Love, compassion, and the desire to nurture and protect your children, are themes that extend across cultures. Bridget and Iain explores the impact of addiction on the relationship between a mother and her son. It also recognises their love and care for each other within their capabilities. It is a maturation story, a time of letting go and establishing boundaries. The impact of addiction on my own relationships drove me to research the dynamics of addiction on families. I wanted to share with audiences an understanding of that experience, so that others might not feel alone, and to recognise that addicts are individual people, as are their families, and that the struggle is real and complex.
Audiences in Auckland (NZ) responded to the play the film is based on. When I moved to Los Angeles I presented the play at Labtwenty6 (a professional writers Lab) and discovered that although the play was set in New Zealand with Kiwi and Aussie characters, the audience in LA responded to it, was touched by it, laughed at the humour and recognised the pain. The Short + Sweet performances confirmed for me the universality of the story and themes; the response of audiences to the film when it screened at the Diversity in Cannes Short Film Showcase cemented it.
How have the script and film evolved over the course of their development?
The script evolved from the play through an active process of re-imagining it as a film. Leah and I discussed imagery, symbols and ways of capturing the essence of the play's monologues cinematically. The first decision was to make Bridget the protagonist. Whereas the play was a two-hander the film focuses more directly on Bridget’s journey. During the development process the script also benefited from discussion with the film editor David Coulson who tracked the narrative line through the story. The film script is more linear and has a clearer sense of time. Dialogue was cut from the longer scenes and off-stage characters removed. An initial draft of the film script was read at the writers’ Lab I attend, Labtwenty6.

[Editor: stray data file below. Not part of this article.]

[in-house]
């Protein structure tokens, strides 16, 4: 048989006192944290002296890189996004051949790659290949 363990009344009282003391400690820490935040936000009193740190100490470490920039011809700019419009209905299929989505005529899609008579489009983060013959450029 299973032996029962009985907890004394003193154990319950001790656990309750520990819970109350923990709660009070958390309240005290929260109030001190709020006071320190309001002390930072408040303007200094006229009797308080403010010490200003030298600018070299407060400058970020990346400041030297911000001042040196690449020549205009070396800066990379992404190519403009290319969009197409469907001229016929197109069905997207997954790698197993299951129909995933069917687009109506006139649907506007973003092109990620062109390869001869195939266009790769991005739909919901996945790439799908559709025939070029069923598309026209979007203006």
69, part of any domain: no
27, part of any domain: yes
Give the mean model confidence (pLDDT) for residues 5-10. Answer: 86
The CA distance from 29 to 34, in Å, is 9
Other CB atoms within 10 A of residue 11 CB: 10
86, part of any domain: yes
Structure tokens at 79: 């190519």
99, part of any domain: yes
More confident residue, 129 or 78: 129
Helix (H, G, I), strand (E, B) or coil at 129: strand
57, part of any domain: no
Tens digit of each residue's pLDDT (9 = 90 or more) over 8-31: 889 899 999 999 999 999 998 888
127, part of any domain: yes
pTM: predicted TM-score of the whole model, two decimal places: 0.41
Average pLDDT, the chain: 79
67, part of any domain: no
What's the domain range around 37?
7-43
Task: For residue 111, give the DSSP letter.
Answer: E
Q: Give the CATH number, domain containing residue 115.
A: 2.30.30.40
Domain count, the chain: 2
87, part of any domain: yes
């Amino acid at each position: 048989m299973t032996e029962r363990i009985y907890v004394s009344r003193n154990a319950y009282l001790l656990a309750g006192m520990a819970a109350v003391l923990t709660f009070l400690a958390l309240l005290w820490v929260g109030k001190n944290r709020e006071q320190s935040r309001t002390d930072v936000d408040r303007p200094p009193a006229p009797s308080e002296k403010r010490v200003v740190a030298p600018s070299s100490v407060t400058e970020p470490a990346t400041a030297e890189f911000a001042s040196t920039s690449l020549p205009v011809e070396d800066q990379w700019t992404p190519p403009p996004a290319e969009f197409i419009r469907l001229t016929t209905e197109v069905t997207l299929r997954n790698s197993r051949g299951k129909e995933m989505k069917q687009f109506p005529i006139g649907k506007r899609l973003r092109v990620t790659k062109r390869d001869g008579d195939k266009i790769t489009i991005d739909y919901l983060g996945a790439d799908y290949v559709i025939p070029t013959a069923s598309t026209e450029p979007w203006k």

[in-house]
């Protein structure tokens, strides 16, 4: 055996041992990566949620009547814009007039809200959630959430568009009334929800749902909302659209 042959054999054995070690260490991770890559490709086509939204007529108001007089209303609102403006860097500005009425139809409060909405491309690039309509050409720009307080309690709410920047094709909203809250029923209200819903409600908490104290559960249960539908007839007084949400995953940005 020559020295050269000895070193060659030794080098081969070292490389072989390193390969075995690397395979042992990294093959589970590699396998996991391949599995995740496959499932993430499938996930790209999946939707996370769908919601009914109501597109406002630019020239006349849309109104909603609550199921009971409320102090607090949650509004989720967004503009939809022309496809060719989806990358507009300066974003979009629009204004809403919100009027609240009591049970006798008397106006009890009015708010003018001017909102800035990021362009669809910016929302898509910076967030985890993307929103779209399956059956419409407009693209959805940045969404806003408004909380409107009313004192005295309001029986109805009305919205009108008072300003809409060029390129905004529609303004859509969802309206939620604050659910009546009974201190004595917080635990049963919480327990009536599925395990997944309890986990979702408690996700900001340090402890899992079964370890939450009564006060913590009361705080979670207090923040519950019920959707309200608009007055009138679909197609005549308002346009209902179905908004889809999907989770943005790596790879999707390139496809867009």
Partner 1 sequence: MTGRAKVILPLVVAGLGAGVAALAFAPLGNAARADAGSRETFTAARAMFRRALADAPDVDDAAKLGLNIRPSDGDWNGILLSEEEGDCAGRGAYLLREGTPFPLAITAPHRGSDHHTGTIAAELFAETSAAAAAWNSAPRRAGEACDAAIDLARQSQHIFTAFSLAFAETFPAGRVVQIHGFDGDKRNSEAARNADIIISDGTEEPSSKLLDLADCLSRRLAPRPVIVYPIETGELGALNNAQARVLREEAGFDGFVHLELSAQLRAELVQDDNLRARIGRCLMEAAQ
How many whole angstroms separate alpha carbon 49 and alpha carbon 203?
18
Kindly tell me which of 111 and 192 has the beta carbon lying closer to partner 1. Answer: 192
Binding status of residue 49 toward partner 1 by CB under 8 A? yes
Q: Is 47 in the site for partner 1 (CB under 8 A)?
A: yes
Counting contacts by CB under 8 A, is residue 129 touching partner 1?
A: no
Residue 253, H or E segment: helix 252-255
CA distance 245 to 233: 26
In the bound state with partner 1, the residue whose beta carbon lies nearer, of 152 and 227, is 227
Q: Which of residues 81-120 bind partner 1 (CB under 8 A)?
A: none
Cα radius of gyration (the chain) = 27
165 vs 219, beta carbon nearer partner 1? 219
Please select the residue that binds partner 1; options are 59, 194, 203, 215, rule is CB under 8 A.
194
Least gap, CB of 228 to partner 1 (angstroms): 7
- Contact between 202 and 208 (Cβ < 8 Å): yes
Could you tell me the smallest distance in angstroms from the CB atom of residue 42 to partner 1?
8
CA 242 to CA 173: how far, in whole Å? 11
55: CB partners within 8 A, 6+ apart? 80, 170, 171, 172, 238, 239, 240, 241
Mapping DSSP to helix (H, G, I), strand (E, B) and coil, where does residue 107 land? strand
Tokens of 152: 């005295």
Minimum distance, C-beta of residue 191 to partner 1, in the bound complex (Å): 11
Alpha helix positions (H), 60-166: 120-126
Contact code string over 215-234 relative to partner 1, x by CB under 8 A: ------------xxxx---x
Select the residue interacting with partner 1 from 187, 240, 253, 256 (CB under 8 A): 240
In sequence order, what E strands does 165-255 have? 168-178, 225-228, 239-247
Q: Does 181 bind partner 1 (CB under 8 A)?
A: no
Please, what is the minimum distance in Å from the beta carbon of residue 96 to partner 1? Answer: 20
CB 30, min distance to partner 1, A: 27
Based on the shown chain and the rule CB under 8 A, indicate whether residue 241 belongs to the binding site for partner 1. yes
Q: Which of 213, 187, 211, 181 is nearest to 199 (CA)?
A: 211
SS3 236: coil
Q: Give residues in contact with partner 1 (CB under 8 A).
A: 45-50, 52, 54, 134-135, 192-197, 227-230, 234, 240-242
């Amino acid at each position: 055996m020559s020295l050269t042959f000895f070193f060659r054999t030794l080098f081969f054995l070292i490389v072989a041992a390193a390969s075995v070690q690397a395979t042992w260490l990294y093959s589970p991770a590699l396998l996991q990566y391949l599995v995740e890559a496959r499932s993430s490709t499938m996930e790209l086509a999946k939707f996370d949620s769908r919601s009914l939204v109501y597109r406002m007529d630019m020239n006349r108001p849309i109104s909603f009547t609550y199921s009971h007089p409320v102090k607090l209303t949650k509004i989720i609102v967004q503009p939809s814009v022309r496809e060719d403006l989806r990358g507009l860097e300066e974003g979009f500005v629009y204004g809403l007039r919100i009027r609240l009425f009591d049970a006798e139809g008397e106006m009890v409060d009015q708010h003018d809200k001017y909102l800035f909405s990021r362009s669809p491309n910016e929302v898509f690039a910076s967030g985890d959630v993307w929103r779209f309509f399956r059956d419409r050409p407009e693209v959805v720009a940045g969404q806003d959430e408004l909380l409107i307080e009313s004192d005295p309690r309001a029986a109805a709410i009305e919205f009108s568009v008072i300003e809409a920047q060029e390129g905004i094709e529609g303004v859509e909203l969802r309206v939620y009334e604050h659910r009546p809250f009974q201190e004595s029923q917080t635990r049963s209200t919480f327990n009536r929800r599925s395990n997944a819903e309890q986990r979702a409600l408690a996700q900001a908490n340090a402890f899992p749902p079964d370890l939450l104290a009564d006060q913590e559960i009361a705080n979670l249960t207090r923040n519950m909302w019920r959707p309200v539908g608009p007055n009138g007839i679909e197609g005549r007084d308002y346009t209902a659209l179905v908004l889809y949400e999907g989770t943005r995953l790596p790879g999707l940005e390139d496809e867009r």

Characters that are only imaged in the play, such as ‘Sooky Bubba’ were cast and appear in the film. It was important for me that the film, set in Auckland New Zealand, represented some of the ethnic diversity of that city. It was also important that speaking actors had accents from the region. Being filmed in Los Angeles, we were excited to find Sala Baker and really wanted him for the counsellor role.
The scene was written exclusively from Bridget’s POV and was expressionist and without dialogue. I had written a dialogue version of the counsellor scene and when we approached Sala for the film Leah sent him the dialogue scripts. The scene played so beautifully we all realised it had to be in the film! Iain’s monologue - at one point removed from the script - was reinstated knowing it would work beautifully with David’s editing of the montage sequence it plays over.